Somehow, the culinary gods shined on me, and Head Chef selects me to travel with him to the venue and assist him with setup of the signage for the other food service folks and direct them to their booths as they arrive. This was actually great fun, and beat the heck out of loading the van with stuff to bring over.

Imagine my suprise when Dimmer shows up! I think she is just going to suck it up and lose sleep like the rest of us, who will have to get up at 7 in the morning for work.

It's showtime, and we do our gig. It's amazing some of the things that people wear to formal events, including 6-inch clear stiletto heels with blinking lights...think those goofy sneakers that kids have that light up when they walk and you get the picture...blinking lights. Stilettos. I had to follow the woman for a couple of paces to make sure I wasn't seeing things. They looked a lot like (WARNING: Possibly NSF link!!) these, except the lights were multi-colored. (Go ahead and check that site out...see if you find it as interesting as I did. Amazing what you get in Google when you type in "clear heels with blinking lights." Go on--you know you want to. I'll still be here when you get back. And, notice those puppies ain't cheap.)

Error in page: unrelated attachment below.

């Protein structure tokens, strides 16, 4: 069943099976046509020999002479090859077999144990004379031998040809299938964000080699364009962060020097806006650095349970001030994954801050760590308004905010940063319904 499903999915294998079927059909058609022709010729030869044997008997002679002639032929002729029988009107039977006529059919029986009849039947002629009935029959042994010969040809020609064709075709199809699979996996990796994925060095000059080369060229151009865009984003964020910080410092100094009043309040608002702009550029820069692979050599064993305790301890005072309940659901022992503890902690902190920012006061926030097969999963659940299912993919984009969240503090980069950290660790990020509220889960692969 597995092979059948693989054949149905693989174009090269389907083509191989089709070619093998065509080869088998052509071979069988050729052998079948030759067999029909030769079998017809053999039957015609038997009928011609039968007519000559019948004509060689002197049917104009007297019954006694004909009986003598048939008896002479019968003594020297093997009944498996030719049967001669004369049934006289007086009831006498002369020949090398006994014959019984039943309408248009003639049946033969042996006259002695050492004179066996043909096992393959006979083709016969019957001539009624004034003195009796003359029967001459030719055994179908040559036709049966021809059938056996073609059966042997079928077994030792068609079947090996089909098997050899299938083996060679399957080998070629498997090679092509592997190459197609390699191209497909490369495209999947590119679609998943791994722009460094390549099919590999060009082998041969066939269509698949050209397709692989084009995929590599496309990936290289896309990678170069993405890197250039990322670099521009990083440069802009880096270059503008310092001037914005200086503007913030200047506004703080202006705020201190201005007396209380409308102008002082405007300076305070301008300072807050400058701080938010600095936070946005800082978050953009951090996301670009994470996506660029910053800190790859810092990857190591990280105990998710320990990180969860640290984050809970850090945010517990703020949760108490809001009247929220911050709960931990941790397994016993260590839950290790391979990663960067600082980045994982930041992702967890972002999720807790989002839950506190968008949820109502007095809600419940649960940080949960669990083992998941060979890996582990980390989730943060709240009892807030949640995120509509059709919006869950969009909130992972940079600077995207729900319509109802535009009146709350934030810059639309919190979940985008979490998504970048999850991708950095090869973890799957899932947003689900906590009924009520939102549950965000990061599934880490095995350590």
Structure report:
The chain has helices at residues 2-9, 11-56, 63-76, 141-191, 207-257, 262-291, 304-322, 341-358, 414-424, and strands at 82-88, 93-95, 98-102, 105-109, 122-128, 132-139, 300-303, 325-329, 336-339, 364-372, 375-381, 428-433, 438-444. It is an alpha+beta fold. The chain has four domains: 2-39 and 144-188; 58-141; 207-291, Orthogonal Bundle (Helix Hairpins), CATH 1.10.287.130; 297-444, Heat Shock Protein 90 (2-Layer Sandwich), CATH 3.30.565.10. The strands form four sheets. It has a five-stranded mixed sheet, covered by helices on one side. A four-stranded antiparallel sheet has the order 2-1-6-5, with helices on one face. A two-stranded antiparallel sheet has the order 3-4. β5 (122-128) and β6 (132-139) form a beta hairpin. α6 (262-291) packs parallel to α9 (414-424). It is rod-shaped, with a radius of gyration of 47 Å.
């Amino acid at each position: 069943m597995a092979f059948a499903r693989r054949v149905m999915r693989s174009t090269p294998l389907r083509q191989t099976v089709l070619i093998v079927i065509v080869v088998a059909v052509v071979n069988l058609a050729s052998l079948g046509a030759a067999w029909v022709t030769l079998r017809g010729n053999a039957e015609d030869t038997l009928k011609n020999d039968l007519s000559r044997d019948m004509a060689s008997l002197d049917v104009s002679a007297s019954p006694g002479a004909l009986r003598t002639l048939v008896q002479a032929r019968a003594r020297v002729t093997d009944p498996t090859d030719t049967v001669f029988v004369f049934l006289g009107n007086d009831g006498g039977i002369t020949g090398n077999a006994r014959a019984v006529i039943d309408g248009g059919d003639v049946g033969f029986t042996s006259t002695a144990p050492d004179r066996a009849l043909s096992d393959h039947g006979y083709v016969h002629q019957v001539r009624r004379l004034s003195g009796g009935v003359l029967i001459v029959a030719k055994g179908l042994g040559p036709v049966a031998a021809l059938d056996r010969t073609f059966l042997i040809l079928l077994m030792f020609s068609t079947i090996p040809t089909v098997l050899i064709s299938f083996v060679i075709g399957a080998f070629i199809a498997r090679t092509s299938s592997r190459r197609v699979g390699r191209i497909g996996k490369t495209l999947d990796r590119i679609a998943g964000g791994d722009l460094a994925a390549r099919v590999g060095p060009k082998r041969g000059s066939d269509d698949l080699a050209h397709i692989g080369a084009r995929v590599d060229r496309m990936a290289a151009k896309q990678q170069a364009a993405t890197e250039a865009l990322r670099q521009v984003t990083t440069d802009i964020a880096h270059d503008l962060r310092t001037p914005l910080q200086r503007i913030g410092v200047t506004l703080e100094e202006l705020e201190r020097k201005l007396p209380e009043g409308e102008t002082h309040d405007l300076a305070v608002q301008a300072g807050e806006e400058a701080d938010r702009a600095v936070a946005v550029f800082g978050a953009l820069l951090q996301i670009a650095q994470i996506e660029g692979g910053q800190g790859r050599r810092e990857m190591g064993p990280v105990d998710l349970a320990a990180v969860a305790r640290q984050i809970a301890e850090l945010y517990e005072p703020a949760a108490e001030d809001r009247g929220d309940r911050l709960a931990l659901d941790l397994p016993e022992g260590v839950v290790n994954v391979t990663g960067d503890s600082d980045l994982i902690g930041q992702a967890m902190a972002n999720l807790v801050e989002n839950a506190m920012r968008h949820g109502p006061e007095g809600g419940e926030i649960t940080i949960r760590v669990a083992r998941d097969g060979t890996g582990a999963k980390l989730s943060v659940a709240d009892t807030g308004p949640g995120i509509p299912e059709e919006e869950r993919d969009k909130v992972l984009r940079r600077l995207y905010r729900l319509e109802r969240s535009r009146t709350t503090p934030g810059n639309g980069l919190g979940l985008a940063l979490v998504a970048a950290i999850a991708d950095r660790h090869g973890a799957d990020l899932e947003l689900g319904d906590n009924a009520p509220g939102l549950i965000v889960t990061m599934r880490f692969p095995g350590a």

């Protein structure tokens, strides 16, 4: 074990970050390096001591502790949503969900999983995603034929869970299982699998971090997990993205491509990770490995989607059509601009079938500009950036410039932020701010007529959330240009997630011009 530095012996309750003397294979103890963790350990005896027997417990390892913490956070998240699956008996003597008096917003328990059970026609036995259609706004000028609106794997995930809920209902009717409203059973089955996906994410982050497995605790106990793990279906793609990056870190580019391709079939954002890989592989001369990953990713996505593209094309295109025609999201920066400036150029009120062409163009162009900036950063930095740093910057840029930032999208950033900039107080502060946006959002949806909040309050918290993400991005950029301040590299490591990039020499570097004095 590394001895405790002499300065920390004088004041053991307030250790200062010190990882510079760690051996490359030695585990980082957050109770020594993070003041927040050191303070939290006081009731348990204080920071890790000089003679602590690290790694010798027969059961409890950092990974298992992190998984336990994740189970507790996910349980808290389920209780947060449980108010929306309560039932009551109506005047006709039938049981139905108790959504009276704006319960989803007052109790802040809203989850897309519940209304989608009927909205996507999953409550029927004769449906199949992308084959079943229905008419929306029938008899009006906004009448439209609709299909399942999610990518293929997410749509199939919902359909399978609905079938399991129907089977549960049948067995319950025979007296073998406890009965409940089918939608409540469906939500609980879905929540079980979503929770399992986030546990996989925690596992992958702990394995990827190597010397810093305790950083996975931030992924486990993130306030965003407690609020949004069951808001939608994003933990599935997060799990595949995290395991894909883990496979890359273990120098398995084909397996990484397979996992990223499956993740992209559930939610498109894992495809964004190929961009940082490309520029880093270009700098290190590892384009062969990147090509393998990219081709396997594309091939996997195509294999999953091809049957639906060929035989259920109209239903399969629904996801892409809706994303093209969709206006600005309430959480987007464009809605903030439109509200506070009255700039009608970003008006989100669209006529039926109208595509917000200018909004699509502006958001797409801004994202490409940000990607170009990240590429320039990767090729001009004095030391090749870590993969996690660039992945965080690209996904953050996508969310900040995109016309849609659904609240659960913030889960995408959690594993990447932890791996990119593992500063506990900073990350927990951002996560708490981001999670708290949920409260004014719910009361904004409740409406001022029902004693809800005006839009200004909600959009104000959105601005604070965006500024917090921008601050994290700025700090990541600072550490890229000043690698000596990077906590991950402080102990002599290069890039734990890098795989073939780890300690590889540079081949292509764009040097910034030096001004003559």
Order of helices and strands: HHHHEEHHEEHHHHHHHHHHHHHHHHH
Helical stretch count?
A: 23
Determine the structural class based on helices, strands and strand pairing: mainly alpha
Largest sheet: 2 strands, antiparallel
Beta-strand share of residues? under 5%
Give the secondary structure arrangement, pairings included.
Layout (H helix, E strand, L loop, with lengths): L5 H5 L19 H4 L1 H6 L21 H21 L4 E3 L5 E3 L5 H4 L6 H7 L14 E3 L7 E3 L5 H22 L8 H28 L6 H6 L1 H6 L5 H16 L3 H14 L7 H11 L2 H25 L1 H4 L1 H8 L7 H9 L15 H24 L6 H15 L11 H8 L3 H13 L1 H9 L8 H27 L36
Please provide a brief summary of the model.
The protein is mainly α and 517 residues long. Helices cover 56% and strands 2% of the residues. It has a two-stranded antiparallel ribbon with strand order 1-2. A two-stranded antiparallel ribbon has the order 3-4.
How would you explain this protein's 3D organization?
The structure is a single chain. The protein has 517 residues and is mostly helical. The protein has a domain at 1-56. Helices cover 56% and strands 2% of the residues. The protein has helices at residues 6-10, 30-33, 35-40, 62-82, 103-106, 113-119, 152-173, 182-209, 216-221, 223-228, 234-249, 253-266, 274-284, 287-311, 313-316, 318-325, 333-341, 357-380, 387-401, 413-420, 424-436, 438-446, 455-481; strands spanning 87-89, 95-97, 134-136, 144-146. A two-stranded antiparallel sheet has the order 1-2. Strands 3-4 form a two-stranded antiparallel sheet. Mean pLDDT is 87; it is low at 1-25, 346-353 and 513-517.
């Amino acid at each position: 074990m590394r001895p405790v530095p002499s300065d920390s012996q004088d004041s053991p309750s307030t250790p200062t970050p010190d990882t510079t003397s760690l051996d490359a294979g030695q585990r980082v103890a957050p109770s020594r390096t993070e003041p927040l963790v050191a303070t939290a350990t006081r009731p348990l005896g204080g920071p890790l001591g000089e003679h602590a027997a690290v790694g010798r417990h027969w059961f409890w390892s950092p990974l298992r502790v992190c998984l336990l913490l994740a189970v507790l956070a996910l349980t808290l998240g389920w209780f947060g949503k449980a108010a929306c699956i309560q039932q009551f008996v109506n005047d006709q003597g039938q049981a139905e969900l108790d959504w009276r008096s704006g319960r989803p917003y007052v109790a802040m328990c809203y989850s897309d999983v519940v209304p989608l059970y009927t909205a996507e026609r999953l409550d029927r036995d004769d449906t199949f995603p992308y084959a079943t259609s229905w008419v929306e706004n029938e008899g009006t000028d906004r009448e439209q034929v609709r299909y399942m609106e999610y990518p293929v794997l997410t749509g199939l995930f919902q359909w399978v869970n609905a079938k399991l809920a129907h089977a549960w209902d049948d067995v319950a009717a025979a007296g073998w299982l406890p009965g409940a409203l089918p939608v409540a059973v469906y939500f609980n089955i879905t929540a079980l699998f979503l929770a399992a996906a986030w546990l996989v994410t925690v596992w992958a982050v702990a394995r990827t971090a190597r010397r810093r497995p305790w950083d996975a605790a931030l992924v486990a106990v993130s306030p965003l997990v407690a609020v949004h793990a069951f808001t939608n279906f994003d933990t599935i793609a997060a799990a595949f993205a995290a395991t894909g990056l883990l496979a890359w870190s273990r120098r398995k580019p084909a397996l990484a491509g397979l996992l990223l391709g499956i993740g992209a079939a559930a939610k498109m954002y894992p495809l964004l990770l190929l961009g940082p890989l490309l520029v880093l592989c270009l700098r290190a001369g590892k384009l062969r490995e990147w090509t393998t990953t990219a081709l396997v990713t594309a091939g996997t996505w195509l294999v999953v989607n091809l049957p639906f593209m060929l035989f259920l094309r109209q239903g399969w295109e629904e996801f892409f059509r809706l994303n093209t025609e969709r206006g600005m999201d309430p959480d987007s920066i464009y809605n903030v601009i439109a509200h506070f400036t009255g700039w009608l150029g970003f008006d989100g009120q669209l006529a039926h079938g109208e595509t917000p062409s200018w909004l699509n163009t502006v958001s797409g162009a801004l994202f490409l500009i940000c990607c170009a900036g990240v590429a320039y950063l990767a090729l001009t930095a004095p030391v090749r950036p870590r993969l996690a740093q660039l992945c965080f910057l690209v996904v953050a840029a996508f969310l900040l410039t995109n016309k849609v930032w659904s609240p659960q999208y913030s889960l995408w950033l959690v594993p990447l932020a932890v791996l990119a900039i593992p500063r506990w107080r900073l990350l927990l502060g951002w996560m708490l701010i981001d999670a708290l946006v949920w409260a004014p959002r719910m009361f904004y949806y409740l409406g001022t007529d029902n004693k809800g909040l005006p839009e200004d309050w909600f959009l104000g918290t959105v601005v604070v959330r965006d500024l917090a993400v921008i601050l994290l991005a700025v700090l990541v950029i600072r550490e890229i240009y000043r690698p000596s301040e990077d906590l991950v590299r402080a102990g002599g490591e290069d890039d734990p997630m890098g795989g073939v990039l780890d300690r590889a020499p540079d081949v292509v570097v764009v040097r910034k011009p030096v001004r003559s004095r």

Anyway, we did our gig, packed up, and headed back to the ranch. I was with the last group to get back to the FTC ranch, so missed the departure of Dimmer Switch. Evidently, as soon as the carpool she was in pulled into the lot, she hopped out and into her own vehicle and left...not bothering to say "hi, bye, or kiss my grits" to anyone. This greatly displeased Volunteer Chef, and I'm sure has won Dimmer Switch the grand prize lecture about how to listen and follow directions. Chef specifically told her that if she couldn't stay to the bitter end, meaning the unloading and washing up, that she shouldn't even show up at the venue. Oughta be pretty entertaining on Monday.

That's it for was a busy day at work, and my tootsies are tired, so we are going to bed early in hopes of recovering by Monday. Monday's going to be fun, since we'll all be working for Team 2 and creating their New England menu. Let's hope they doublechecked their requisition!! : )

1 comment:

Erin said...

Sounds exhausting, but at least you got to see people in silly outfits eat miniscule, beautiful desserts. That has to count for something.